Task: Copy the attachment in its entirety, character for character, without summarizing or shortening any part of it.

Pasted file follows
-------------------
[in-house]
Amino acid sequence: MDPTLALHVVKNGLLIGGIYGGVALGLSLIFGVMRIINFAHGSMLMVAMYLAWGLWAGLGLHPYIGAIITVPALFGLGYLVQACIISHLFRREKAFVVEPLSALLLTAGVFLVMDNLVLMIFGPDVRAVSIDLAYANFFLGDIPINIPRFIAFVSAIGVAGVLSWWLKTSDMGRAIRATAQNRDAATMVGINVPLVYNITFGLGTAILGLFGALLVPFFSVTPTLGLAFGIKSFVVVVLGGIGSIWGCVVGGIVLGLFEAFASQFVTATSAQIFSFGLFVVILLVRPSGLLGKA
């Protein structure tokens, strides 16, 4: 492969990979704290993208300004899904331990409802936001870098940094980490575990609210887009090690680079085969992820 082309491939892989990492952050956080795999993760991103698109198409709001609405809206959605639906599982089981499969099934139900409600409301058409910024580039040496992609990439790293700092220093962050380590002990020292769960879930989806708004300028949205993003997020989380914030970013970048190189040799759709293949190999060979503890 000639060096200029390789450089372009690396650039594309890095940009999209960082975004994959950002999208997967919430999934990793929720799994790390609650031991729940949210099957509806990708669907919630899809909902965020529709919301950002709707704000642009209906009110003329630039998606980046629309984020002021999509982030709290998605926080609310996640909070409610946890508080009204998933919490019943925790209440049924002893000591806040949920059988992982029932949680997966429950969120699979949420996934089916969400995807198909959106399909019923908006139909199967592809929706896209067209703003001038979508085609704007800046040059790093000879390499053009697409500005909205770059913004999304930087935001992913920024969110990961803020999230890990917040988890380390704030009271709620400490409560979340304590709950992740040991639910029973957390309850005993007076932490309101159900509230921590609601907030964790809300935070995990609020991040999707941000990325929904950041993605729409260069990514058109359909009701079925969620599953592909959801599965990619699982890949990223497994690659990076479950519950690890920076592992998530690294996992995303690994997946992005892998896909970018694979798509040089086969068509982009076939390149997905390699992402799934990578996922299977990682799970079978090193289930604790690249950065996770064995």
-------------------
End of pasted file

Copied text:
[in-house]
Amino acid sequence: MDPTLALHVVKNGLLIGGIYGGVALGLSLIFGVMRIINFAHGSMLMVAMYLAWGLWAGLGLHPYIGAIITVPALFGLGYLVQACIISHLFRREKAFVVEPLSALLLTAGVFLVMDNLVLMIFGPDVRAVSIDLAYANFFLGDIPINIPRFIAFVSAIGVAGVLSWWLKTSDMGRAIRATAQNRDAATMVGINVPLVYNITFGLGTAILGLFGALLVPFFSVTPTLGLAFGIKSFVVVVLGGIGSIWGCVVGGIVLGLFEAFASQFVTATSAQIFSFGLFVVILLVRPSGLLGKA
């Protein structure tokens, strides 16, 4: 492969990979704290993208300004899904331990409802936001870098940094980490575990609210887009090690680079085969992820 082309491939892989990492952050956080795999993760991103698109198409709001609405809206959605639906599982089981499969099934139900409600409301058409910024580039040496992609990439790293700092220093962050380590002990020292769960879930989806708004300028949205993003997020989380914030970013970048190189040799759709293949190999060979503890 000639060096200029390789450089372009690396650039594309890095940009999209960082975004994959950002999208997967919430999934990793929720799994790390609650031991729940949210099957509806990708669907919630899809909902965020529709919301950002709707704000642009209906009110003329630039998606980046629309984020002021999509982030709290998605926080609310996640909070409610946890508080009204998933919490019943925790209440049924002893000591806040949920059988992982029932949680997966429950969120699979949420996934089916969400995807198909959106399909019923908006139909199967592809929706896209067209703003001038979508085609704007800046040059790093000879390499053009697409500005909205770059913004999304930087935001992913920024969110990961803020999230890990917040988890380390704030009271709620400490409560979340304590709950992740040991639910029973957390309850005993007076932490309101159900509230921590609601907030964790809300935070995990609020991040999707941000990325929904950041993605729409260069990514058109359909009701079925969620599953592909959801599965990619699982890949990223497994690659990076479950519950690890920076592992998530690294996992995303690994997946992005892998896909970018694979798509040089086969068509982009076939390149997905390699992402799934990578996922299977990682799970079978090193289930604790690249950065996770064995």